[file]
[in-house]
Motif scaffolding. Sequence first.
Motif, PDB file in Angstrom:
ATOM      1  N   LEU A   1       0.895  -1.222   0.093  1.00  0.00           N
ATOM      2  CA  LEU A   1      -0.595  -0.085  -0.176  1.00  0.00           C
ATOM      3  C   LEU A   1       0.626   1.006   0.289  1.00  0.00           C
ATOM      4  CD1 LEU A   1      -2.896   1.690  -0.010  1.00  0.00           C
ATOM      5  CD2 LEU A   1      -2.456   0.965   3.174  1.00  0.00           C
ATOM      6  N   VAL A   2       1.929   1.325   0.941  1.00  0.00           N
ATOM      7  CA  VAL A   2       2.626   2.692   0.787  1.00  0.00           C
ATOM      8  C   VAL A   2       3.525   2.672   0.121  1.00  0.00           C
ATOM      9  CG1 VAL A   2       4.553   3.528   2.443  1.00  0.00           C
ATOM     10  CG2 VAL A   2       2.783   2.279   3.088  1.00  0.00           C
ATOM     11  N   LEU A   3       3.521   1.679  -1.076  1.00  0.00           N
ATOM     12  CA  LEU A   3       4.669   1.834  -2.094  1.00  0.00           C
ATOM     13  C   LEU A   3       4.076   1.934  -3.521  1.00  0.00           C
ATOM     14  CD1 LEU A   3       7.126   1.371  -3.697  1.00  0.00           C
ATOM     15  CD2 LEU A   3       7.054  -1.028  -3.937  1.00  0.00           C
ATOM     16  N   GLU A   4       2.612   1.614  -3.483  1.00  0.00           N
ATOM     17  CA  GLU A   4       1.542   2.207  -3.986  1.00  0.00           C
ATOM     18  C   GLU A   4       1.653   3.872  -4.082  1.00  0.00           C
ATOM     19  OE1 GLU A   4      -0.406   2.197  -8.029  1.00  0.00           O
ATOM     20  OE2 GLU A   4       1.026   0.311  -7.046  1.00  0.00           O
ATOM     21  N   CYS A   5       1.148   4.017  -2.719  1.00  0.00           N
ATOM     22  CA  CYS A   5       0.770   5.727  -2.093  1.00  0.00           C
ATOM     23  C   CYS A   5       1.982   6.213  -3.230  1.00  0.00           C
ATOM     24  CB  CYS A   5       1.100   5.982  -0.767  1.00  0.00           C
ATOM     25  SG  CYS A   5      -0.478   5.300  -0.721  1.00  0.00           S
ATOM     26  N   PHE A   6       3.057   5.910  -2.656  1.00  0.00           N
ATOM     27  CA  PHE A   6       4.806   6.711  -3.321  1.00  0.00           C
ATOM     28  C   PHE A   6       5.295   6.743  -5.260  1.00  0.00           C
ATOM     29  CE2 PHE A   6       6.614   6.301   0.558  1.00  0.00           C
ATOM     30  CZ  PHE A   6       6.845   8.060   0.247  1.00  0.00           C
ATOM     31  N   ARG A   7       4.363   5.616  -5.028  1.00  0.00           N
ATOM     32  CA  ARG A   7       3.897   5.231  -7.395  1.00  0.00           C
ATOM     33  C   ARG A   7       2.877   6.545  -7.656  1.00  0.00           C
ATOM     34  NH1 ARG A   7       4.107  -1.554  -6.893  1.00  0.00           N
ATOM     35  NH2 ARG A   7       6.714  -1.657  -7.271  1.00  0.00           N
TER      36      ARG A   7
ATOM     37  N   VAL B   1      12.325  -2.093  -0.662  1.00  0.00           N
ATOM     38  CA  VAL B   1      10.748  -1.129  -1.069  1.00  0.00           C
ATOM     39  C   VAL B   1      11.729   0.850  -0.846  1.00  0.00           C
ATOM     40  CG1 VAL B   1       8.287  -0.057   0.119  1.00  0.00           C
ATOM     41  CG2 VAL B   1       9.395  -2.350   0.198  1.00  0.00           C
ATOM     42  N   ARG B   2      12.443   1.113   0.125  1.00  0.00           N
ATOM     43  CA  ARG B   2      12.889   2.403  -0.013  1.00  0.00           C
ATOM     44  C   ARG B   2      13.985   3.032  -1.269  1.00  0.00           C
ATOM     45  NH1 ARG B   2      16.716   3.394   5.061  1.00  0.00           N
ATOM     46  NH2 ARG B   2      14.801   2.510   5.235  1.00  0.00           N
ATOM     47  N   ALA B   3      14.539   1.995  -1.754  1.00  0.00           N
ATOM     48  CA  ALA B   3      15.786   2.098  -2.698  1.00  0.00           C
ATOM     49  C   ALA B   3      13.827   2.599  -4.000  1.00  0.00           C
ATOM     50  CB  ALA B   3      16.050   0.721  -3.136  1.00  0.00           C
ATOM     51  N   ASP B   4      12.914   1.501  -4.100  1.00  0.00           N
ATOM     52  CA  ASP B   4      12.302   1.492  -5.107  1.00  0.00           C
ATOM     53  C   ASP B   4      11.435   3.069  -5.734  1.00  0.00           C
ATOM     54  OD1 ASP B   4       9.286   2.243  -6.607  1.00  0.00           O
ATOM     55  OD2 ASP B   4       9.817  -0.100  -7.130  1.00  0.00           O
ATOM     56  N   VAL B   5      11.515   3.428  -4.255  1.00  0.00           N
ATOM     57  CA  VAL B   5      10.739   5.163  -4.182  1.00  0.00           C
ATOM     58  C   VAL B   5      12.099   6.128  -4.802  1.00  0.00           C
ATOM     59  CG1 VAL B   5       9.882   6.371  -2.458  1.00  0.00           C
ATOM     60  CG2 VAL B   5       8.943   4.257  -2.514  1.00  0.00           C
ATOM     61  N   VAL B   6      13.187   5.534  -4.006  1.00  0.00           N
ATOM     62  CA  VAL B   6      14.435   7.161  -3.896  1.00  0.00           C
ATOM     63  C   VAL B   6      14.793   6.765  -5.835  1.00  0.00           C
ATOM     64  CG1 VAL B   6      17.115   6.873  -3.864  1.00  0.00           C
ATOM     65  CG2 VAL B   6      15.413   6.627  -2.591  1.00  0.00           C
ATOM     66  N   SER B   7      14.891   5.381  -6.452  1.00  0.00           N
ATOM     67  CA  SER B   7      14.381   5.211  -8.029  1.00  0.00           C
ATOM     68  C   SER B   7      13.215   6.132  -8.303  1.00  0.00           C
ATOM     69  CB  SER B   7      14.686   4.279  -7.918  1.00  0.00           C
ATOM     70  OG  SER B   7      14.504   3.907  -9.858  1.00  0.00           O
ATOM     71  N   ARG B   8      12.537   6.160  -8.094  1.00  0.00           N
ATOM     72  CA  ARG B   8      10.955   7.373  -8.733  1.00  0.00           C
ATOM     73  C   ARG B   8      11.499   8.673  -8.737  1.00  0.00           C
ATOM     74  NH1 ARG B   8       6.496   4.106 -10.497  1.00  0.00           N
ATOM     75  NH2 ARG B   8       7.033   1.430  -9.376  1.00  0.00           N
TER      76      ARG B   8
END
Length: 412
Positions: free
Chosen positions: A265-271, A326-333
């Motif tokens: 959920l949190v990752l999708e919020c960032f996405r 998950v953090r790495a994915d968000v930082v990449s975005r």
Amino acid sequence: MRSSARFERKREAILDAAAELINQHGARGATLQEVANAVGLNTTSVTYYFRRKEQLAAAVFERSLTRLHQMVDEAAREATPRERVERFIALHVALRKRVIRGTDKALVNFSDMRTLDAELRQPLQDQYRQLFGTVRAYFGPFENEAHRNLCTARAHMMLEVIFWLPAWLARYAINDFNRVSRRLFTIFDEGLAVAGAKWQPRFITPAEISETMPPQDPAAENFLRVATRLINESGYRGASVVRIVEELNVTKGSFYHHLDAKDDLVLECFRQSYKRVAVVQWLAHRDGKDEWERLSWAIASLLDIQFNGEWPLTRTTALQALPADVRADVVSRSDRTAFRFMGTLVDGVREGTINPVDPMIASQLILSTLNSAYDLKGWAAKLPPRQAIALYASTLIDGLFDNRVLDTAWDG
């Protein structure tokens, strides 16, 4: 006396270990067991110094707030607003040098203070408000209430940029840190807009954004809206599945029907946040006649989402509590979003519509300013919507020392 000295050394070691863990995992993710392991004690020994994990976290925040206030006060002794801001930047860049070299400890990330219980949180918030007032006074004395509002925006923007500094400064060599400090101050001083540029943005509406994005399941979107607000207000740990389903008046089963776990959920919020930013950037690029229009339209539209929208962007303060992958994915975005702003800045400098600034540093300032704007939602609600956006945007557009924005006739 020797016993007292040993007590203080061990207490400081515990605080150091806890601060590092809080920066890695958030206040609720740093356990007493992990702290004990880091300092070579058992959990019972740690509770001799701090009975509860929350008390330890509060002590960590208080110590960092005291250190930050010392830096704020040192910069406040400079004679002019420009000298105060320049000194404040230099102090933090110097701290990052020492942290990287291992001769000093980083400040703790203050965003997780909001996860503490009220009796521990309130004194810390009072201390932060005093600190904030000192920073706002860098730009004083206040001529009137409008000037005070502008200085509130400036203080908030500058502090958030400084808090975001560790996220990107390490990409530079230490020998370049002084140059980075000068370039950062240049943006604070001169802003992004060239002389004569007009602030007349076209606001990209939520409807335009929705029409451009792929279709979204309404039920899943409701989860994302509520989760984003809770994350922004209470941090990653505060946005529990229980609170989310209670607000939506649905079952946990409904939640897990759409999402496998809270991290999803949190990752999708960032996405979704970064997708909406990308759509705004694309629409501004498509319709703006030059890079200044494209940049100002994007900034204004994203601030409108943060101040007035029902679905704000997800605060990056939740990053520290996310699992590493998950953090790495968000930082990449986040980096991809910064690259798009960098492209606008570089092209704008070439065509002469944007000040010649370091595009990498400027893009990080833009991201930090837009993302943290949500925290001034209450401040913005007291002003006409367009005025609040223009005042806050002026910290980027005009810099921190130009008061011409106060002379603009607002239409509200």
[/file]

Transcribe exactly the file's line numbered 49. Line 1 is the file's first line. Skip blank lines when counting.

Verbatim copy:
ATOM     46  NH2 ARG B   2      14.801   2.510   5.235  1.00  0.00           N